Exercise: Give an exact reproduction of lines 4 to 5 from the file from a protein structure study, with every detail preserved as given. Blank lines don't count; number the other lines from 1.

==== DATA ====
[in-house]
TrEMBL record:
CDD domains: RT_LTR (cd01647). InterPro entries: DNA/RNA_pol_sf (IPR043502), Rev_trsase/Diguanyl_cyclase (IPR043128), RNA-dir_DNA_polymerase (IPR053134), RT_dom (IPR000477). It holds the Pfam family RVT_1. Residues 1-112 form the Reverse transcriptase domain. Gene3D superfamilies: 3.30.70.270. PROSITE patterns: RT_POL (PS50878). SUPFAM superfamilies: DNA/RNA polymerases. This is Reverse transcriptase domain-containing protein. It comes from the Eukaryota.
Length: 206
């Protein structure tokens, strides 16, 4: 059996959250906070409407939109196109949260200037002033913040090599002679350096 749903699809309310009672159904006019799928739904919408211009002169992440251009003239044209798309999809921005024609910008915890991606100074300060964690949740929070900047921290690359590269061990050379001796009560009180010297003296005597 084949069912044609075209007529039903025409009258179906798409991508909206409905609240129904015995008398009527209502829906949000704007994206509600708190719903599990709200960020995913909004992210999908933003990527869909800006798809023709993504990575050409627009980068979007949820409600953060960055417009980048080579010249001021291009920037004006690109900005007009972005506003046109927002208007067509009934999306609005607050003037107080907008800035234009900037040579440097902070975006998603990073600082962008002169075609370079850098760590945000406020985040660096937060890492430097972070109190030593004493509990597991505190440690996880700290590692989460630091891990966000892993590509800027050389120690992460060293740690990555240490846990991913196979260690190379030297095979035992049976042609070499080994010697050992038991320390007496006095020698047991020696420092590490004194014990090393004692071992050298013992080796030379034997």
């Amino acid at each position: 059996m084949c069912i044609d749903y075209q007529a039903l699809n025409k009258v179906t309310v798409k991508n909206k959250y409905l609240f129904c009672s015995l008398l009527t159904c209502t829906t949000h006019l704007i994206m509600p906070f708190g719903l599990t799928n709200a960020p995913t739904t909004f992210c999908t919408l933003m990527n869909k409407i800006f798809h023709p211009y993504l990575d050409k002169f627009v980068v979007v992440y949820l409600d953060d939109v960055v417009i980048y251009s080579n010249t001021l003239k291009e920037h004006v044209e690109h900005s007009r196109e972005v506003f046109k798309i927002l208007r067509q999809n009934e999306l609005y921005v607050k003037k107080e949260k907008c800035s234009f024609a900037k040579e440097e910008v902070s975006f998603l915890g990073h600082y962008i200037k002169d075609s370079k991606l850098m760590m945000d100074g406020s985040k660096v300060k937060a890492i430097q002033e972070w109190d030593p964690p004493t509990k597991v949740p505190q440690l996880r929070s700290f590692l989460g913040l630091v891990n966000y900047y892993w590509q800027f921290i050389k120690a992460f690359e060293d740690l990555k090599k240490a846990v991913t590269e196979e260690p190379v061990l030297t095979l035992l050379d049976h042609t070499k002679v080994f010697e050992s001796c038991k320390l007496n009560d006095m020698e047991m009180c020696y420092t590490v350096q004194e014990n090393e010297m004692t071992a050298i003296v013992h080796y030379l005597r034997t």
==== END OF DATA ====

Length: 206
């Protein structure tokens, strides 16, 4: 059996959250906070409407939109196109949260200037002033913040090599002679350096 749903699809309310009672159904006019799928739904919408211009002169992440251009003239044209798309999809921005024609910008915890991606100074300060964690949740929070900047921290690359590269061990050379001796009560009180010297003296005597 084949069912044609075209007529039903025409009258179906798409991508909206409905609240129904015995008398009527209502829906949000704007994206509600708190719903599990709200960020995913909004992210999908933003990527869909800006798809023709993504990575050409627009980068979007949820409600953060960055417009980048080579010249001021291009920037004006690109900005007009972005506003046109927002208007067509009934999306609005607050003037107080907008800035234009900037040579440097902070975006998603990073600082962008002169075609370079850098760590945000406020985040660096937060890492430097972070109190030593004493509990597991505190440690996880700290590692989460630091891990966000892993590509800027050389120690992460060293740690990555240490846990991913196979260690190379030297095979035992049976042609070499080994010697050992038991320390007496006095020698047991020696420092590490004194014990090393004692071992050298013992080796030379034997």